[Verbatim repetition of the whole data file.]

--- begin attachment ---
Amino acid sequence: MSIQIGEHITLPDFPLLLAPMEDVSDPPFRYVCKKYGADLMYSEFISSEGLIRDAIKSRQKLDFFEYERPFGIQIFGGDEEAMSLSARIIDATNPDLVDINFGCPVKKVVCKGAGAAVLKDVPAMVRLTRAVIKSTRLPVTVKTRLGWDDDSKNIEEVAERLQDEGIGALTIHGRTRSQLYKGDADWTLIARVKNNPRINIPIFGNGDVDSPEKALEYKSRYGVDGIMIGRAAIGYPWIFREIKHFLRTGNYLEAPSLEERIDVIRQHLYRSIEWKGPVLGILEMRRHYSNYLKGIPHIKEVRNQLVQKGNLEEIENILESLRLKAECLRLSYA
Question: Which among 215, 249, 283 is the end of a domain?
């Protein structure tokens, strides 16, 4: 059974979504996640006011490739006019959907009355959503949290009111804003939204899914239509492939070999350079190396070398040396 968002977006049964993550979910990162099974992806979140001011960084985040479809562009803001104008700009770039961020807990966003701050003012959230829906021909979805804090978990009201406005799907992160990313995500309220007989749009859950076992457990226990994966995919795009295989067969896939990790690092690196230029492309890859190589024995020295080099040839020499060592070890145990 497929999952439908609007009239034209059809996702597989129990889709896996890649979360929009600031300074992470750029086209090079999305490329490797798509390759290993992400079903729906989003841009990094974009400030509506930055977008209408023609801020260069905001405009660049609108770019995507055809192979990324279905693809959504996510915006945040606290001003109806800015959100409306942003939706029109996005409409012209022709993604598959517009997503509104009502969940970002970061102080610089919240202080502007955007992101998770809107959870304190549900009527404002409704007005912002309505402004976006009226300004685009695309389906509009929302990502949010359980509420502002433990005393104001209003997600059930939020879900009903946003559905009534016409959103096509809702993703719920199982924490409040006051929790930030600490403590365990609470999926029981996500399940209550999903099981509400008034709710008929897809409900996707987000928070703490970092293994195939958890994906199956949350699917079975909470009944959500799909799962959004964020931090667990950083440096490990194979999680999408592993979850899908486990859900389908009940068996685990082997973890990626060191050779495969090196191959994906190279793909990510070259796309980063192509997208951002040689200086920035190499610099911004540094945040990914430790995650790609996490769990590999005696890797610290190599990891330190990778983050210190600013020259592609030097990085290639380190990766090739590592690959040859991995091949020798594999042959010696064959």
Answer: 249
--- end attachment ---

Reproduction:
Amino acid sequence: MSIQIGEHITLPDFPLLLAPMEDVSDPPFRYVCKKYGADLMYSEFISSEGLIRDAIKSRQKLDFFEYERPFGIQIFGGDEEAMSLSARIIDATNPDLVDINFGCPVKKVVCKGAGAAVLKDVPAMVRLTRAVIKSTRLPVTVKTRLGWDDDSKNIEEVAERLQDEGIGALTIHGRTRSQLYKGDADWTLIARVKNNPRINIPIFGNGDVDSPEKALEYKSRYGVDGIMIGRAAIGYPWIFREIKHFLRTGNYLEAPSLEERIDVIRQHLYRSIEWKGPVLGILEMRRHYSNYLKGIPHIKEVRNQLVQKGNLEEIENILESLRLKAECLRLSYA
Question: Which among 215, 249, 283 is the end of a domain?
């Protein structure tokens, strides 16, 4: 059974979504996640006011490739006019959907009355959503949290009111804003939204899914239509492939070999350079190396070398040396 968002977006049964993550979910990162099974992806979140001011960084985040479809562009803001104008700009770039961020807990966003701050003012959230829906021909979805804090978990009201406005799907992160990313995500309220007989749009859950076992457990226990994966995919795009295989067969896939990790690092690196230029492309890859190589024995020295080099040839020499060592070890145990 497929999952439908609007009239034209059809996702597989129990889709896996890649979360929009600031300074992470750029086209090079999305490329490797798509390759290993992400079903729906989003841009990094974009400030509506930055977008209408023609801020260069905001405009660049609108770019995507055809192979990324279905693809959504996510915006945040606290001003109806800015959100409306942003939706029109996005409409012209022709993604598959517009997503509104009502969940970002970061102080610089919240202080502007955007992101998770809107959870304190549900009527404002409704007005912002309505402004976006009226300004685009695309389906509009929302990502949010359980509420502002433990005393104001209003997600059930939020879900009903946003559905009534016409959103096509809702993703719920199982924490409040006051929790930030600490403590365990609470999926029981996500399940209550999903099981509400008034709710008929897809409900996707987000928070703490970092293994195939958890994906199956949350699917079975909470009944959500799909799962959004964020931090667990950083440096490990194979999680999408592993979850899908486990859900389908009940068996685990082997973890990626060191050779495969090196191959994906190279793909990510070259796309980063192509997208951002040689200086920035190499610099911004540094945040990914430790995650790609996490769990590999005696890797610290190599990891330190990778983050210190600013020259592609030097990085290639380190990766090739590592690959040859991995091949020798594999042959010696064959």
Answer: 249